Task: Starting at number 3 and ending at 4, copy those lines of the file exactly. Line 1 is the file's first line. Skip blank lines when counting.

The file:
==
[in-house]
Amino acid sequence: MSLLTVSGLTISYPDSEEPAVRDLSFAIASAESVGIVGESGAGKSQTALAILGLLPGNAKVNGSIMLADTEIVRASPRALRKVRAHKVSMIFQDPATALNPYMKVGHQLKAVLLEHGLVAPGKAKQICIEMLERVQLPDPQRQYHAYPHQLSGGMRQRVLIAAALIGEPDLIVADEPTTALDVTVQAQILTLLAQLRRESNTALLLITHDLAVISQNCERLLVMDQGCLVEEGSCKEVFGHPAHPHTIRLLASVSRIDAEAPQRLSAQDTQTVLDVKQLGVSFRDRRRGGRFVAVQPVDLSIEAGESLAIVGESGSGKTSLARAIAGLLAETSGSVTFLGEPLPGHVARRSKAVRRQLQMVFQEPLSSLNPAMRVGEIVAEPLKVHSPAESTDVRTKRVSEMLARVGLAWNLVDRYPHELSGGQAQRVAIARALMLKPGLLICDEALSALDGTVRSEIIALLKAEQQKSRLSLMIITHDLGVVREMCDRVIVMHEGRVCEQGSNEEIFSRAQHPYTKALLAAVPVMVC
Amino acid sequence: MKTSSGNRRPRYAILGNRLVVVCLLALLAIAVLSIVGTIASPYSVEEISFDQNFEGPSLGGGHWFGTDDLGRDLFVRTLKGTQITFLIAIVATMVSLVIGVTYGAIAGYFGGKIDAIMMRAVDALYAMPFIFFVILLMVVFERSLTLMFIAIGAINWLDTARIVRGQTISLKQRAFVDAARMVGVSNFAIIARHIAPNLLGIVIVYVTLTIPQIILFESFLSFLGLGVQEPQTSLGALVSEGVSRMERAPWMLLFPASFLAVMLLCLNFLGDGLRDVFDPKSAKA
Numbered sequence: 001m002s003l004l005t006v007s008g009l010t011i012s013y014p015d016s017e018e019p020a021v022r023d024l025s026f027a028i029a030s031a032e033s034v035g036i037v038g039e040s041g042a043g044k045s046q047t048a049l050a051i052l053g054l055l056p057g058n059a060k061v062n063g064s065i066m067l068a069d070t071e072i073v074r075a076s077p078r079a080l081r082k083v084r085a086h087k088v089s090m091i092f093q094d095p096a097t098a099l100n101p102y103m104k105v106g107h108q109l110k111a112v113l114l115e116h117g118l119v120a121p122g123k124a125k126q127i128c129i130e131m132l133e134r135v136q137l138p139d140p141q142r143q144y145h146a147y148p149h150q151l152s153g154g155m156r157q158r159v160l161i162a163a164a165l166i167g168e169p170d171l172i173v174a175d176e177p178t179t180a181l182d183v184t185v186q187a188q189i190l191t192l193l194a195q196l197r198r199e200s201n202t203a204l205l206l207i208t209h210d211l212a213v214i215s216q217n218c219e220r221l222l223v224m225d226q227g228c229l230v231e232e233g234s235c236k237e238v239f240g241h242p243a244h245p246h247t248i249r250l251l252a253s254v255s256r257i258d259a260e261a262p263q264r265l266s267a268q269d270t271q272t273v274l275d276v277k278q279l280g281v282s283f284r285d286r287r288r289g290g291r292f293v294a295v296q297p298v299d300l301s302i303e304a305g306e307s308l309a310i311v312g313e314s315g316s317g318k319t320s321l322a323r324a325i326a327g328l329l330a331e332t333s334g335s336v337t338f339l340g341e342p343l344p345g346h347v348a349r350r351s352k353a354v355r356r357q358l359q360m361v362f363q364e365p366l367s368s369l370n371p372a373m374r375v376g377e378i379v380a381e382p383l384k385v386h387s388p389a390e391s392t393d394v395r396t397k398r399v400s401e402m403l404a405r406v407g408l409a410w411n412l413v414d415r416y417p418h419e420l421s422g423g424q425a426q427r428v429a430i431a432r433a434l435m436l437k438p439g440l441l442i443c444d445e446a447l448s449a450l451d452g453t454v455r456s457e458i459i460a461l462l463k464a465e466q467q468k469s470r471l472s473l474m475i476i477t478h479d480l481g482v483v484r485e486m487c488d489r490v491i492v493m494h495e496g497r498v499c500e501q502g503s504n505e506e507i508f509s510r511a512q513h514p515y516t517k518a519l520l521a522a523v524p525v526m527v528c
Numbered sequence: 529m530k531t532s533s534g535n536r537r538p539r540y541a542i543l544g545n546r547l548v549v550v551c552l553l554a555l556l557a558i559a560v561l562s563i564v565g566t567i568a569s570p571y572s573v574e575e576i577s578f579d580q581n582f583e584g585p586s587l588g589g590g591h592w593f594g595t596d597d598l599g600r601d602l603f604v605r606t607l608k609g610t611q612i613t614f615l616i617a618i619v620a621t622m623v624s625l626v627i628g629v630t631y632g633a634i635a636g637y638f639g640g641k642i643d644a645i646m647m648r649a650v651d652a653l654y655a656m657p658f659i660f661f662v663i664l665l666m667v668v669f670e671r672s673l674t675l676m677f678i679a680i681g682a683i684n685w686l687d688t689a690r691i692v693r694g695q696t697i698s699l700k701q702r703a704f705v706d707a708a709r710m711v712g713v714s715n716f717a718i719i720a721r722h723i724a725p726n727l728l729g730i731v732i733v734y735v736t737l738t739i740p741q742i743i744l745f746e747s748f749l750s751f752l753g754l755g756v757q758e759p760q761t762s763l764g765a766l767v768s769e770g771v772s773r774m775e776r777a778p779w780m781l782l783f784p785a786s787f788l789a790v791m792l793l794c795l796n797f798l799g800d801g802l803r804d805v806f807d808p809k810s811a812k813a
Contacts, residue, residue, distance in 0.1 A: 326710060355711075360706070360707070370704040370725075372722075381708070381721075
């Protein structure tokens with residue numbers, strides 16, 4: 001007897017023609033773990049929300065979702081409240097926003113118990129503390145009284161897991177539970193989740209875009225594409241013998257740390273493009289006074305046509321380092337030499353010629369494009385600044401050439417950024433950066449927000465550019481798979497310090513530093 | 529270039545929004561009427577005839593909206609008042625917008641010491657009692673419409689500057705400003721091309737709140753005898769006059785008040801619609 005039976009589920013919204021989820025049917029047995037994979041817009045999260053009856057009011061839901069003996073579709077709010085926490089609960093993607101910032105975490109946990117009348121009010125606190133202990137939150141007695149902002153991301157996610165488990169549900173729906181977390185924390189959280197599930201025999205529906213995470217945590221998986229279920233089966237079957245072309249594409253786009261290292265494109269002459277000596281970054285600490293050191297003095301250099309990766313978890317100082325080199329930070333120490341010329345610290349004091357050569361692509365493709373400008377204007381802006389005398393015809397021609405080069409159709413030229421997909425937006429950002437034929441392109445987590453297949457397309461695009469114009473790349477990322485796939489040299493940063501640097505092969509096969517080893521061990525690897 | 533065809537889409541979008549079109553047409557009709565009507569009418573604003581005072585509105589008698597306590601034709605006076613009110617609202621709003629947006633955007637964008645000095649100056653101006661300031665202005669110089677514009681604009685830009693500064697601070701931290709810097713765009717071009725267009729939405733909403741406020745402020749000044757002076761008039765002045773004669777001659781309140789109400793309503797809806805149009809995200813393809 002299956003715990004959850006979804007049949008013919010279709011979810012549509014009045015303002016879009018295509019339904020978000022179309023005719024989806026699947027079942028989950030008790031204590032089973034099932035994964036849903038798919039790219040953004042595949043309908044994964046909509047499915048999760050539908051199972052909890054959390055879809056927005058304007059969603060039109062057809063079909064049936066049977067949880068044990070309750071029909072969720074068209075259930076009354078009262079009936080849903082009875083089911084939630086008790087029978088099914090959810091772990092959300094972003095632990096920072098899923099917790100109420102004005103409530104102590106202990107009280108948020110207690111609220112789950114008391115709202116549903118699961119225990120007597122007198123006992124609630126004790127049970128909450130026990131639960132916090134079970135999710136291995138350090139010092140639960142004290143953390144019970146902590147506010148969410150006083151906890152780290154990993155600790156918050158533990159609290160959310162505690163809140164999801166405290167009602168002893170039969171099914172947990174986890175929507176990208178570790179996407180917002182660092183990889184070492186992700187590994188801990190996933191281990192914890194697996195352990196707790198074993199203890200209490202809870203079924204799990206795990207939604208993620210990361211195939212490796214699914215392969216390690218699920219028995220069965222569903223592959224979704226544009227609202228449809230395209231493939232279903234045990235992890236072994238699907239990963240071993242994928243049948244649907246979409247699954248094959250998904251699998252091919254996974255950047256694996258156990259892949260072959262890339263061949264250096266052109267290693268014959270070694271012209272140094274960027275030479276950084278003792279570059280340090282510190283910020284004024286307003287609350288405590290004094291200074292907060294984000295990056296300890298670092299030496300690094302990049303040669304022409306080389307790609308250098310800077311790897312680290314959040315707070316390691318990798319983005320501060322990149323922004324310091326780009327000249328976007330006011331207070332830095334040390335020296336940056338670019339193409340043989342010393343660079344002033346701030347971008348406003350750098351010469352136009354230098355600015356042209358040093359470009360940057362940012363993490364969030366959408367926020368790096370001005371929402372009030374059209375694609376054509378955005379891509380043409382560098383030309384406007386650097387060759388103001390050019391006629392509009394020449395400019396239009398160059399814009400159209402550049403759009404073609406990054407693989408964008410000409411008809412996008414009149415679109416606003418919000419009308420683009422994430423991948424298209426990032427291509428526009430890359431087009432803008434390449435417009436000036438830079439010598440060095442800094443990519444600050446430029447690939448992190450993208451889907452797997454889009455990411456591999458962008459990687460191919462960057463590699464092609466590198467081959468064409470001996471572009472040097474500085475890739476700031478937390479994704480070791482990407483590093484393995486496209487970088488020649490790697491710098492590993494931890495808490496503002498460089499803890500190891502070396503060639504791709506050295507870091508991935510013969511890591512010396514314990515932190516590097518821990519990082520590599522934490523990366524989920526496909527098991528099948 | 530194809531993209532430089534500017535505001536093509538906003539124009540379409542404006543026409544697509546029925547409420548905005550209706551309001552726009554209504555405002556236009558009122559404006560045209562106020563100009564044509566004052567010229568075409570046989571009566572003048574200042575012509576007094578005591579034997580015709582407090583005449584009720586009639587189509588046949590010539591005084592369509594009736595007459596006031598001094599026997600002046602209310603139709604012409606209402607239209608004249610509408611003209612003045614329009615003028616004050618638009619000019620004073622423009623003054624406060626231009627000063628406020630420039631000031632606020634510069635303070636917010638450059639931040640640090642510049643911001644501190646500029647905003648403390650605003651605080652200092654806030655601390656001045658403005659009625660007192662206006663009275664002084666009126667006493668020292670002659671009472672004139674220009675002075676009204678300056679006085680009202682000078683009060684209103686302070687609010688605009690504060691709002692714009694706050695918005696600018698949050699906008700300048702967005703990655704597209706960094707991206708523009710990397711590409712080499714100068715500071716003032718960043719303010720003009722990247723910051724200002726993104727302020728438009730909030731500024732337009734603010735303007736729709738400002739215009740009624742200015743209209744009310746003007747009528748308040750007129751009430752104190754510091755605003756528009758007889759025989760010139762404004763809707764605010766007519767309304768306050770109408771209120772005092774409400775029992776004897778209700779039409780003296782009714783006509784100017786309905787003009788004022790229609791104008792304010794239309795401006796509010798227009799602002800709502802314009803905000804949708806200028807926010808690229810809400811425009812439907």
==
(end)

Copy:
Amino acid sequence: MKTSSGNRRPRYAILGNRLVVVCLLALLAIAVLSIVGTIASPYSVEEISFDQNFEGPSLGGGHWFGTDDLGRDLFVRTLKGTQITFLIAIVATMVSLVIGVTYGAIAGYFGGKIDAIMMRAVDALYAMPFIFFVILLMVVFERSLTLMFIAIGAINWLDTARIVRGQTISLKQRAFVDAARMVGVSNFAIIARHIAPNLLGIVIVYVTLTIPQIILFESFLSFLGLGVQEPQTSLGALVSEGVSRMERAPWMLLFPASFLAVMLLCLNFLGDGLRDVFDPKSAKA
Numbered sequence: 001m002s003l004l005t006v007s008g009l010t011i012s013y014p015d016s017e018e019p020a021v022r023d024l025s026f027a028i029a030s031a032e033s034v035g036i037v038g039e040s041g042a043g044k045s046q047t048a049l050a051i052l053g054l055l056p057g058n059a060k061v062n063g064s065i066m067l068a069d070t071e072i073v074r075a076s077p078r079a080l081r082k083v084r085a086h087k088v089s090m091i092f093q094d095p096a097t098a099l100n101p102y103m104k105v106g107h108q109l110k111a112v113l114l115e116h117g118l119v120a121p122g123k124a125k126q127i128c129i130e131m132l133e134r135v136q137l138p139d140p141q142r143q144y145h146a147y148p149h150q151l152s153g154g155m156r157q158r159v160l161i162a163a164a165l166i167g168e169p170d171l172i173v174a175d176e177p178t179t180a181l182d183v184t185v186q187a188q189i190l191t192l193l194a195q196l197r198r199e200s201n202t203a204l205l206l207i208t209h210d211l212a213v214i215s216q217n218c219e220r221l222l223v224m225d226q227g228c229l230v231e232e233g234s235c236k237e238v239f240g241h242p243a244h245p246h247t248i249r250l251l252a253s254v255s256r257i258d259a260e261a262p263q264r265l266s267a268q269d270t271q272t273v274l275d276v277k278q279l280g281v282s283f284r285d286r287r288r289g290g291r292f293v294a295v296q297p298v299d300l301s302i303e304a305g306e307s308l309a310i311v312g313e314s315g316s317g318k319t320s321l322a323r324a325i326a327g328l329l330a331e332t333s334g335s336v337t338f339l340g341e342p343l344p345g346h347v348a349r350r351s352k353a354v355r356r357q358l359q360m361v362f363q364e365p366l367s368s369l370n371p372a373m374r375v376g377e378i379v380a381e382p383l384k385v386h387s388p389a390e391s392t393d394v395r396t397k398r399v400s401e402m403l404a405r406v407g408l409a410w411n412l413v414d415r416y417p418h419e420l421s422g423g424q425a426q427r428v429a430i431a432r433a434l435m436l437k438p439g440l441l442i443c444d445e446a447l448s449a450l451d452g453t454v455r456s457e458i459i460a461l462l463k464a465e466q467q468k469s470r471l472s473l474m475i476i477t478h479d480l481g482v483v484r485e486m487c488d489r490v491i492v493m494h495e496g497r498v499c500e501q502g503s504n505e506e507i508f509s510r511a512q513h514p515y516t517k518a519l520l521a522a523v524p525v526m527v528c